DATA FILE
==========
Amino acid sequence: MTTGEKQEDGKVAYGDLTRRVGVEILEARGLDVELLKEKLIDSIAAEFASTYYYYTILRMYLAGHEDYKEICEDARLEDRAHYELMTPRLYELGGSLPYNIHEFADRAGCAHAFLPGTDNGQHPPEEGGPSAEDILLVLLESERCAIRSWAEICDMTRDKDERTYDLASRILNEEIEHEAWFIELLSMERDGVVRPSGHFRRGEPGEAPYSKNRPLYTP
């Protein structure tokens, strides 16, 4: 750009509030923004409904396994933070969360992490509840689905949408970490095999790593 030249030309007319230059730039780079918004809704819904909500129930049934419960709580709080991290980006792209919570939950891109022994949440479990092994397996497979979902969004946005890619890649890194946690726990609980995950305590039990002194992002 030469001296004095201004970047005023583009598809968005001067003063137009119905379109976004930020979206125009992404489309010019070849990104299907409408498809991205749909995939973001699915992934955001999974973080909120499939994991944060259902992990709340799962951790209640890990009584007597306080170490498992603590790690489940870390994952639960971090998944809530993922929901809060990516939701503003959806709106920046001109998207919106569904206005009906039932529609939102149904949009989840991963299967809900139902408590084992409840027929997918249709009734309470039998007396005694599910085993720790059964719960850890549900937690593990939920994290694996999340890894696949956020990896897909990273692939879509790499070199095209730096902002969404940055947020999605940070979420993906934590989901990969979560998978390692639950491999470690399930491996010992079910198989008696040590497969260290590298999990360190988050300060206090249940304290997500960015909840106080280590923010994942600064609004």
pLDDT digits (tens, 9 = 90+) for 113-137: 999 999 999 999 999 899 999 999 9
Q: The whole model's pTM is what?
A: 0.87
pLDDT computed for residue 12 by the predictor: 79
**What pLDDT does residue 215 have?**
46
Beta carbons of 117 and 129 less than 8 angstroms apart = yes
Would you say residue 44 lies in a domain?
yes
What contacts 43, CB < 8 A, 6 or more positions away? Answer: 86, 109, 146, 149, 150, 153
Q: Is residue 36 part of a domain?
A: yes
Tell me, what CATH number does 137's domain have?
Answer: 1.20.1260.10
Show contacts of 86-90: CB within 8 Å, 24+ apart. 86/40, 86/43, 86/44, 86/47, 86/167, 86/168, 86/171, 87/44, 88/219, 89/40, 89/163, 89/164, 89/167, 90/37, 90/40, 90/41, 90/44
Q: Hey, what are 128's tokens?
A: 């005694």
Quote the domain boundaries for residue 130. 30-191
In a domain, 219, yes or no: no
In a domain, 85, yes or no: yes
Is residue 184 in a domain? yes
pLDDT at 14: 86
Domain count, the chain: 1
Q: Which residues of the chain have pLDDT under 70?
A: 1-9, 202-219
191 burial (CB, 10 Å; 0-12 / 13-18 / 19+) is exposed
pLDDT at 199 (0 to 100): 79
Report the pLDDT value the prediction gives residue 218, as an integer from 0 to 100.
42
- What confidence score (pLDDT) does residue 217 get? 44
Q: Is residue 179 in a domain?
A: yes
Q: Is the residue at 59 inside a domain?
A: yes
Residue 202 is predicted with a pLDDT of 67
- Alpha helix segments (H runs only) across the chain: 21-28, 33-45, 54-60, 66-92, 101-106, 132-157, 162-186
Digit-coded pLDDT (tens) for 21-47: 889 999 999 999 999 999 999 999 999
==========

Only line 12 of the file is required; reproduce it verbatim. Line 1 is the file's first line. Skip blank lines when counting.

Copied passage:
What contacts 43, CB < 8 A, 6 or more positions away? Answer: 86, 109, 146, 149, 150, 153